Lucy seems to have, through numerous infractions, worked her way through the system of punishments to the most severe available, obviously trying the Chancellor’s patience in the process. It’s clear that at some point previously, she did abjure, and thus her reoffending is referred to as a “perjury”, a breaking of her oath. It is notable, however, that at the time of abjuration, Lucy’s crimes must have been substantial, for the period of withdrawal was “forever”. It’s evident that she had also already spent some time incarcerated (“after imprisonment”) – again, given the structure of the wording, most likely for the same crimes. Her refusal (or inability due to financial circumstances) to stop offending seems to have infuriated the authorities – the words “incorrigible” and “unreforming” are often amplified by words of repetition and continuation – “previously”, “ensuing”, “numerous”, “further”, contributing to the impression that Lucy seems to have been before the Chancellor a number of times in the past.woodcut print of a line drawing showing a woman on a cart in a market placeSource: Wellcome Collection. Attribution 4.0 International (CC BY 4.0)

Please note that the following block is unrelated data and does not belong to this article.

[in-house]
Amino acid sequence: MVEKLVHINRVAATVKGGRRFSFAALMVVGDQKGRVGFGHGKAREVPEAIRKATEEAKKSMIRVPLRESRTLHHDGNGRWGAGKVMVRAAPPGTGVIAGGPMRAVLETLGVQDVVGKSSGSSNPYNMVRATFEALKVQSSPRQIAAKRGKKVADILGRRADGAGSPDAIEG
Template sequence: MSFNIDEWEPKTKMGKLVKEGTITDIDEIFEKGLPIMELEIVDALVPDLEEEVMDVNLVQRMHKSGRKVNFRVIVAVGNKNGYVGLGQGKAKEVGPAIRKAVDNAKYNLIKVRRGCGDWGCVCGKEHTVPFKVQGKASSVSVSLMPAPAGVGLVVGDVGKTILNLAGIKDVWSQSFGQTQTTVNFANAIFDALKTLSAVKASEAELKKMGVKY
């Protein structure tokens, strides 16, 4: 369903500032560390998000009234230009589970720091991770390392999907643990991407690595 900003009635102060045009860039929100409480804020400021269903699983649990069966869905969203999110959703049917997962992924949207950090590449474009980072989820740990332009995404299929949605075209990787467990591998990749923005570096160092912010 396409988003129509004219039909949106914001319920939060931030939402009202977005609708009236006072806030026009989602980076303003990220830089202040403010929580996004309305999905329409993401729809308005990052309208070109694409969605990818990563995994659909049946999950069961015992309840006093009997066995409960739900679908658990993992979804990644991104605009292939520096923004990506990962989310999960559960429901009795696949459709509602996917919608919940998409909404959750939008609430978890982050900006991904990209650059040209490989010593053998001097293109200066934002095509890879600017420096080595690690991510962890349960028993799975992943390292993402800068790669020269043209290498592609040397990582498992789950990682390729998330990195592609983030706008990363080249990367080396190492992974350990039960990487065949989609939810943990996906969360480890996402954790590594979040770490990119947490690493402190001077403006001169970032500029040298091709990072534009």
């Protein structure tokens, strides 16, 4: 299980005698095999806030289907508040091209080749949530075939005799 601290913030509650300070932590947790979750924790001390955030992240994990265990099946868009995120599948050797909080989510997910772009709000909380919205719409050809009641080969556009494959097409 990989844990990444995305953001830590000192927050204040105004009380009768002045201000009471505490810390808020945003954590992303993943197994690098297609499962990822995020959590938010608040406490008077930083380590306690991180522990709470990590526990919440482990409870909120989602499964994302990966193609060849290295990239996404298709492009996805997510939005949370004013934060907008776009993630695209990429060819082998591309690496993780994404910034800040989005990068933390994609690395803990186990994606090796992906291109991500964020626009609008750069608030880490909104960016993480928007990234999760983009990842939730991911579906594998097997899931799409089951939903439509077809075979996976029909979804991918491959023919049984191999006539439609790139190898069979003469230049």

This sense of exasperation is supported by the immediacy of the writing. Although, this provides some challenging palaeography, it nevertheless, in this circumstance, conveys the feelings of the author. The first paragraph heaps up her crimes: although it is clear that the crimes of sexual immorality are the focus of the punishment, it is made plain that she is an “unseemly” woman – she is not quiet and submissive. She quarrels, argues, and is disruptive. The second paragraph apparently gives us the precise words spoken by the Chancellor when handing down his sentence, possibly in the very speech that Lucy would have heard. Although recorded for administrative purposes, the direct language places the reader in Lucy’s shoes: “You… have been… lawfully convicted and… have confessed… we banish you… you must leave”. The use of the “the first time, the second time, and the third and final time” conveys a sense of rhythmic emphasis given to this warning – we can practically hear the speaker’s delivery when reading the piece.